Benjamin Netanyahu, due to be sworn in as Israel's prime minister later on Tuesday, is a wily right-winger once known as the "magician" for his ability to outwit his political rivals.
Just three years after he led Likud to its worst electoral defeat, the consummate tactician is now returning to the country's most powerful post at the head of a largely right-wing government.
Smooth-talking and ever ready with a soundbite in perfect American-accented English, the shrewd politician has managed to pull off stunning victories and also weather shocking defeats during his political career.
In 1996, he became Israel's youngest prime minister, at the age of 45, establishing a modern, television-friendly administration and earning a leading spot in the nation's right-wing pantheon by pledging there would be no peace without security.
Now 59, the former ambassador appears to have buried the humiliation of the 2006 defeat which followed the defection from Likud of political giant and former premier Ariel Sharon, who formed Kadima.
In the ensuing years "Bibi," as Netanyahu is widely known, watched his ratings climb steadily on the back of the unpopular 2006 war in Lebanon, a string of government corruption scandals and rising discontent over unabated militant rocket fire from the Gaza Strip.
His popularity was not dented by the Gaza war in December and January, conducted by a Kadima-led cabinet, or by the election of US President Barack Obama who has said he is determined to pursue Middle East peace efforts "aggressively" after years of stagnation.
During his electoral campaign Netanyahu vowed to topple Hamas, calling the Islamist movement ruling Gaza "an Iranian proxy."
He also indicated peace talks should focus at this stage on improving Palestinian daily life rather than negotiating core issues such as the future status of Jerusalem, Palestinian refugees, Jewish settlements and the borders of the Palestinians' promised state.
In 1996, his tough talk on security saw him defeat Nobel Peace laureate Shimon Peres for the premiership, despite the enormous wave of sympathy for Peres generated by the 1995 assassination of prime minister Yitzhak Rabin, his partner in the Oslo peace accords.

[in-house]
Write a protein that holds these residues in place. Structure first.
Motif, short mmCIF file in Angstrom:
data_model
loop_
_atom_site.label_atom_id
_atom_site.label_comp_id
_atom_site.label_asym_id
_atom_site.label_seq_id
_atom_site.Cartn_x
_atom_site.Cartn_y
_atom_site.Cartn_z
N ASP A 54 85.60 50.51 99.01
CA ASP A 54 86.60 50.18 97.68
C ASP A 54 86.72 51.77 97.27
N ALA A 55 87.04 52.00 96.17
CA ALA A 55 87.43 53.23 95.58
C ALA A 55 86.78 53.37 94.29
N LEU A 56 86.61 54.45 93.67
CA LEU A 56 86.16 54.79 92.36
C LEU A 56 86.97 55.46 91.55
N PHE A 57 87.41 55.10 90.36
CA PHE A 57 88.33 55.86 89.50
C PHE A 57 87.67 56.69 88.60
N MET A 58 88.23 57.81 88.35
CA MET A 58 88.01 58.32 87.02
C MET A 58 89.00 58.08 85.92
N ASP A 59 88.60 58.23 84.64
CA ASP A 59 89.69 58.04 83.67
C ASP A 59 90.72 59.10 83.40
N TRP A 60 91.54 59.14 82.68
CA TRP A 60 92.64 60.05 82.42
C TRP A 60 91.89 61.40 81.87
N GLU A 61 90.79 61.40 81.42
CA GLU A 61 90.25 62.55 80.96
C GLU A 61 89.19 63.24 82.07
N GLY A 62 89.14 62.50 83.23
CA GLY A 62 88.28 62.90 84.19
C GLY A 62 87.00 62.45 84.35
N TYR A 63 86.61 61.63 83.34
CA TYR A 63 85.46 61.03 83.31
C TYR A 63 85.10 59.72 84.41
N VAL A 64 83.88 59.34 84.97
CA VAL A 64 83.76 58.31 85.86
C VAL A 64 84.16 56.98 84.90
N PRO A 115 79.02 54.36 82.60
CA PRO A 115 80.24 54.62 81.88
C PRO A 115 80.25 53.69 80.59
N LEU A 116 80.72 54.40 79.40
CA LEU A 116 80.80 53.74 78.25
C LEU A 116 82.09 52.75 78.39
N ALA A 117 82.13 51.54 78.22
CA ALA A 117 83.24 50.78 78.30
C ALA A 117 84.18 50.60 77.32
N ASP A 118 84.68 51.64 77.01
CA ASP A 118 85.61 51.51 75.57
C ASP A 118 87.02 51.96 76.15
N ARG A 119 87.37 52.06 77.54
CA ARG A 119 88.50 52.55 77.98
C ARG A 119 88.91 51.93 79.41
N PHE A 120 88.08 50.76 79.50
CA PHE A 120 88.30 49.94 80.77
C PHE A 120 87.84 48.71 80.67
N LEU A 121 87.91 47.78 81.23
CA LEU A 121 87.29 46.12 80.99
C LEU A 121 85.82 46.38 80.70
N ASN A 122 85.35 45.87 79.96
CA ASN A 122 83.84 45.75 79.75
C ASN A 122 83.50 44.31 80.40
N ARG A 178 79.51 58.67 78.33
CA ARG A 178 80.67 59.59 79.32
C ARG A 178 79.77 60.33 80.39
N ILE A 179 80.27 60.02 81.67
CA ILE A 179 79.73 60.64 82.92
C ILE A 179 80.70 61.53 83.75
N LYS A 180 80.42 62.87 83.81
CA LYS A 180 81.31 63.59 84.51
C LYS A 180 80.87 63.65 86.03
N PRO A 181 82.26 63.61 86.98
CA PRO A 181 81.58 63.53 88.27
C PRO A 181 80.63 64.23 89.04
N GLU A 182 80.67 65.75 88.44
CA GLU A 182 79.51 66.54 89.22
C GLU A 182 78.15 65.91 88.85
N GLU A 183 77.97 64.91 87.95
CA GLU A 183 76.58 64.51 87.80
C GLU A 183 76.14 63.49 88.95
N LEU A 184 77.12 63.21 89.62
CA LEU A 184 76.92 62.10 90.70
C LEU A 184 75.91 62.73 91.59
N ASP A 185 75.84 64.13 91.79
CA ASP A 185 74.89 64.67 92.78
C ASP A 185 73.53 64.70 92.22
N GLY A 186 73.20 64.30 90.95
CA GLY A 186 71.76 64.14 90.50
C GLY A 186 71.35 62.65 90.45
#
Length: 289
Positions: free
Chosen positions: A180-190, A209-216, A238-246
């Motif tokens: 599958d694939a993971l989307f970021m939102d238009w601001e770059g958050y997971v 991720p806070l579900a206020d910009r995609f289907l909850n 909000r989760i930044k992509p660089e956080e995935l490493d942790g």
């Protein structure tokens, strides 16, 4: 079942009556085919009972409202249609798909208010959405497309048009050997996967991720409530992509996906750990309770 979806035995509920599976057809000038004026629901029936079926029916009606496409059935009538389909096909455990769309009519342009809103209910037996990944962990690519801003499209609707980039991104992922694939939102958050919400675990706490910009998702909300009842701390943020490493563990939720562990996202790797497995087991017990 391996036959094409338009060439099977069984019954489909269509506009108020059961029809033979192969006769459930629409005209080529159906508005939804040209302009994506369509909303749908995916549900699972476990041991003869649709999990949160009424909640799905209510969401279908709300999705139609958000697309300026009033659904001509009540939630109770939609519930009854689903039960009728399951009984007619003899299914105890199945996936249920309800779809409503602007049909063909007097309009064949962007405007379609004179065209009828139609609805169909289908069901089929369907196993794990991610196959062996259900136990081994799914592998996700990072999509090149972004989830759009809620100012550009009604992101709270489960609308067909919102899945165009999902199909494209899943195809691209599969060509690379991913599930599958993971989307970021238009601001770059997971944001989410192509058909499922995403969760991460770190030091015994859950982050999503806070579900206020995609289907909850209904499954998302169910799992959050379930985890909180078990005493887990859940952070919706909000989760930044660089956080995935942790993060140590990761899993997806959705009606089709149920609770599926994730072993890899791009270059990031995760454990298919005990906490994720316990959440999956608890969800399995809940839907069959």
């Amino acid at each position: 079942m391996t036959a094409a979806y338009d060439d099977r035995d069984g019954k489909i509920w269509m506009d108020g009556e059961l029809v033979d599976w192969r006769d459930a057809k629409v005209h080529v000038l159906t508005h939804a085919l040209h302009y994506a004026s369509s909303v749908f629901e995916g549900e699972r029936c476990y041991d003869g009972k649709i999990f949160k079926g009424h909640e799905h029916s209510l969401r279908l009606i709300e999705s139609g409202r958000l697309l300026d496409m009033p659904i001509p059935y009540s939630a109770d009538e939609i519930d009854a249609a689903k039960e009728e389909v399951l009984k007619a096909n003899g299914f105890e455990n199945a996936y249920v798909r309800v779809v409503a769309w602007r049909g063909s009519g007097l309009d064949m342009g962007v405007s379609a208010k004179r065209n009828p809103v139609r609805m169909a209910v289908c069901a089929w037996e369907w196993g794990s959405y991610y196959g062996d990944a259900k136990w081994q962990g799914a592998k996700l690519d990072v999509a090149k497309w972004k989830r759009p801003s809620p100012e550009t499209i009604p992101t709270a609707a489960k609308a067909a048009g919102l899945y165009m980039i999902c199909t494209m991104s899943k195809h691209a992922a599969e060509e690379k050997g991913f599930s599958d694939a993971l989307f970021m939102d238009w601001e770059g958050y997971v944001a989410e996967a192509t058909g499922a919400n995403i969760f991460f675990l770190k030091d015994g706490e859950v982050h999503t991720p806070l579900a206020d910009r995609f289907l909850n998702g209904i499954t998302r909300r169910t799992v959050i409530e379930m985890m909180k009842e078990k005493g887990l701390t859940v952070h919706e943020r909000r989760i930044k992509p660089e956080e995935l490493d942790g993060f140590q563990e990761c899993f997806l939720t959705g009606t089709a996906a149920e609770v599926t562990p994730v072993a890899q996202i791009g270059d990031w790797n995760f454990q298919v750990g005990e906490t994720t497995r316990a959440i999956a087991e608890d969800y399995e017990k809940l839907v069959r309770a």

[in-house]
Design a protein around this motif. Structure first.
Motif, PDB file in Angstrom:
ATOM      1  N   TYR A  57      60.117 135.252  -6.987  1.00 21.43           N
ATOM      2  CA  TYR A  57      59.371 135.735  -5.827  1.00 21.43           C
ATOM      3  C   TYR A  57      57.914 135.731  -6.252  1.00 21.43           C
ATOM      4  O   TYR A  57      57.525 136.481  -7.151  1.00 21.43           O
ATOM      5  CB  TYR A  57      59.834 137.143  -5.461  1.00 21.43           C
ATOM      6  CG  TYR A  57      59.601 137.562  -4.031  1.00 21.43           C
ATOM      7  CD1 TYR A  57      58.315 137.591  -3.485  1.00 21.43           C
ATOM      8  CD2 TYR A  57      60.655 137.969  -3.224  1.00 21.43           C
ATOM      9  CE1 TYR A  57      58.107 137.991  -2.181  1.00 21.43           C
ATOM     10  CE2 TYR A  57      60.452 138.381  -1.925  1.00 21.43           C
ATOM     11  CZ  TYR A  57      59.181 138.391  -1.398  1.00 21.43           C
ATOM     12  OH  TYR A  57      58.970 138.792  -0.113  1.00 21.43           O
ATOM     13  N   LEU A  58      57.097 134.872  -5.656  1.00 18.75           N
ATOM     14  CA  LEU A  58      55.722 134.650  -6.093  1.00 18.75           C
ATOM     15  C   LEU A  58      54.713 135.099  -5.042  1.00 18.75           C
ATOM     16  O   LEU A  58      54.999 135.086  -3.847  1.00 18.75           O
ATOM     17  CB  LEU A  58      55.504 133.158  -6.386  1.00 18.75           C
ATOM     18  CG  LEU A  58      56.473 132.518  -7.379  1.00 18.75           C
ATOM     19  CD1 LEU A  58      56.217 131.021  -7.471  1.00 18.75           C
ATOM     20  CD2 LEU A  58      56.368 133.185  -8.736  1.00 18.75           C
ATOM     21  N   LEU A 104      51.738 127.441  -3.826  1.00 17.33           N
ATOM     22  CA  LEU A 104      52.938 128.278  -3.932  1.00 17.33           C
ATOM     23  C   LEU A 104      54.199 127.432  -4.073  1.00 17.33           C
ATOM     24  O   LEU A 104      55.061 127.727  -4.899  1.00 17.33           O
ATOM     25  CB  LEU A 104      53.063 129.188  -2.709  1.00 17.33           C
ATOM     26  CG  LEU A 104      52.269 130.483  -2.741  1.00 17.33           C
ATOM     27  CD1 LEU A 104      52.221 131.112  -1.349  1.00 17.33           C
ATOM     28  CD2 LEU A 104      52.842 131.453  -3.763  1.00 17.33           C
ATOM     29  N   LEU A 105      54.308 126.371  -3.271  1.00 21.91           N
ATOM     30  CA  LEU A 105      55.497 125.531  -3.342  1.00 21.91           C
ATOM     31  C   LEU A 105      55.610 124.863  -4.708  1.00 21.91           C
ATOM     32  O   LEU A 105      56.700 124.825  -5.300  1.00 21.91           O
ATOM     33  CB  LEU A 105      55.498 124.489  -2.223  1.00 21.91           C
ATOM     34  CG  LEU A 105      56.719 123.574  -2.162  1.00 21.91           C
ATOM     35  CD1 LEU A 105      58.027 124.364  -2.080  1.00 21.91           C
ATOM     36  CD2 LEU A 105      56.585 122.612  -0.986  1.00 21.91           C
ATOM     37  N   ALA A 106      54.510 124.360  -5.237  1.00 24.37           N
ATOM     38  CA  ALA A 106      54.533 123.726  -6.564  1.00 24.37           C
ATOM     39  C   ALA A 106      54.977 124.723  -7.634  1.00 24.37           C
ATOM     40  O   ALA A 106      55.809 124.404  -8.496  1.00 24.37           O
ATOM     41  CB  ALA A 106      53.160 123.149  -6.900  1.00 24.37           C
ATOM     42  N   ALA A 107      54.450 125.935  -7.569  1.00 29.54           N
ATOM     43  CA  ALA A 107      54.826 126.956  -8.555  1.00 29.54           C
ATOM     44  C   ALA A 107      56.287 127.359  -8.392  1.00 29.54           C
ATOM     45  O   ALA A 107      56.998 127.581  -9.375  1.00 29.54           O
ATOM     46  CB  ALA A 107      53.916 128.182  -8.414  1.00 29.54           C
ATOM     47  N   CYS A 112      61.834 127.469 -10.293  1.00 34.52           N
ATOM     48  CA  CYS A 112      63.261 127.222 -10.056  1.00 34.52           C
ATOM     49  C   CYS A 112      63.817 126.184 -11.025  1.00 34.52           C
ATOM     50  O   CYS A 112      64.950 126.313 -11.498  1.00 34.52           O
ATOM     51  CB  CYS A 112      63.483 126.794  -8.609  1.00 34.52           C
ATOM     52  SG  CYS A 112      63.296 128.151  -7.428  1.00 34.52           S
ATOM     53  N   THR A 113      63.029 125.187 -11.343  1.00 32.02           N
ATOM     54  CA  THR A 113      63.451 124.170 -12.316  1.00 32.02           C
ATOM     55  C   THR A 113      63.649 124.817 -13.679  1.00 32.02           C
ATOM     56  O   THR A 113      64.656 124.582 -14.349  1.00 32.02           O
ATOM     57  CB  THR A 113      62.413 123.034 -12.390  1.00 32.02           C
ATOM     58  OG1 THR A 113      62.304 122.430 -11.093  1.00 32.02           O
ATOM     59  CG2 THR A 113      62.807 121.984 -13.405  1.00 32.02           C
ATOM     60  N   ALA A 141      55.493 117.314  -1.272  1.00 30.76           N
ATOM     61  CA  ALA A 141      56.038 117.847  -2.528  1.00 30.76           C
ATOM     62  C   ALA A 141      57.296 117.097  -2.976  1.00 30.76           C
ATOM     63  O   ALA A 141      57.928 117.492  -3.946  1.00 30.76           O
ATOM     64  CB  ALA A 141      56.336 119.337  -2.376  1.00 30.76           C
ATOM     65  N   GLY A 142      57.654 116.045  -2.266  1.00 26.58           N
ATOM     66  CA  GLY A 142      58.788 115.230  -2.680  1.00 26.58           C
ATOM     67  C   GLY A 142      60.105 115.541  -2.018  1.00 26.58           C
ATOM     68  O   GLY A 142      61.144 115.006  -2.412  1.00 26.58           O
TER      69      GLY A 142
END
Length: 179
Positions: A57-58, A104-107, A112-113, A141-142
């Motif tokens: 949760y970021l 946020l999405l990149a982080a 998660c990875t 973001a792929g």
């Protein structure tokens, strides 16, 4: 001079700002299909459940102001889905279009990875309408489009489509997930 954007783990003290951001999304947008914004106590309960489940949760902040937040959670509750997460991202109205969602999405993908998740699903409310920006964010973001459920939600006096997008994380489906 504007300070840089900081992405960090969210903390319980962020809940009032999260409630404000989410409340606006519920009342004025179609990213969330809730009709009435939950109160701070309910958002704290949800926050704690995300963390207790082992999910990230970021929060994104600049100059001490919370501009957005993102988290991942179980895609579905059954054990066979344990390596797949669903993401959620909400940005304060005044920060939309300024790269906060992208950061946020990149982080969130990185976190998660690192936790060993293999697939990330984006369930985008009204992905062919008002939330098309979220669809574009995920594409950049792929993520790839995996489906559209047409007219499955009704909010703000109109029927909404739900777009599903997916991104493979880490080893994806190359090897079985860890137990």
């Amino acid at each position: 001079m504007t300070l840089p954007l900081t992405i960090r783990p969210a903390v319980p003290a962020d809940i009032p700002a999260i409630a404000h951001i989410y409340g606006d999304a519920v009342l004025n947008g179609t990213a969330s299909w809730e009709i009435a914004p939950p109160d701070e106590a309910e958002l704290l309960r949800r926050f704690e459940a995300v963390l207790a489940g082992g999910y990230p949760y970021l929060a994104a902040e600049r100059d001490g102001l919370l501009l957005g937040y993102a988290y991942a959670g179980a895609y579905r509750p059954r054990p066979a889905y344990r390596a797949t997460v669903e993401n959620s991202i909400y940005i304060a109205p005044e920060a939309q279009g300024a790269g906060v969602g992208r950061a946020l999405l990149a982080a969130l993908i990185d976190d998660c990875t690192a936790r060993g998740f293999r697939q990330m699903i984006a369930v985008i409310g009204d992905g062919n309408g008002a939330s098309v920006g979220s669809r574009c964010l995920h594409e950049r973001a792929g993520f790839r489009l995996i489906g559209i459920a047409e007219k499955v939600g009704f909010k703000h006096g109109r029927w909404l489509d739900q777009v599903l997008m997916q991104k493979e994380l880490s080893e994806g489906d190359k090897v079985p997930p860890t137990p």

During his premiership, Netanyahu put the brakes on the peace process with the Palestinians, in part by authorising a major expansion of Jewish settlements.
But he also made concessions to the Palestinians under US pressure and concluded two agreements with the late Yasser Arafat, even shaking the hand of the man he had once branded a "war criminal."
After three years as prime minister, he was defeated in 1999 by Labour party chief Ehud Barak, who campaigned under the slogan of "Anyone but Bibi."
Netanyahu also faced charges of graft and fraud over gifts received while he was in office, but he was cleared in 2000.
His third wife, former air hostess Sarah, was the butt of persistent criticism in the Israeli media during her husband's premiership and the subject of sometimes lurid tales about her alleged lavish lifestyle and mistreatment of her staff.
Born on October 21, 1949, Netanyahu was educated in the United States after his father Bentzion, a history professor, was considered so right-wing in the Labour-dominated Israel of the time that he was forced to leave.
Before attending the prestigious Massachusetts Institute of Technology, he served in an elite Israeli army commando unit, took part in a number of operations and was wounded. He was discharged with the rank of captain.
He was deeply affected by the death of his elder brother Jonathan, who was killed leading the legendary 1976 Israeli commando raid on an Air France plane hijacked by Palestinians to Entebbe, Uganda.
Netanyahu then plunged into studies of terrorism, writing three books on the subject.
His career took off when he was posted to Israel's embassy in Washington and later ambassador to the United Nations, before returning to launch a political career that has also seen him hold the foreign affairs and finance portfolios.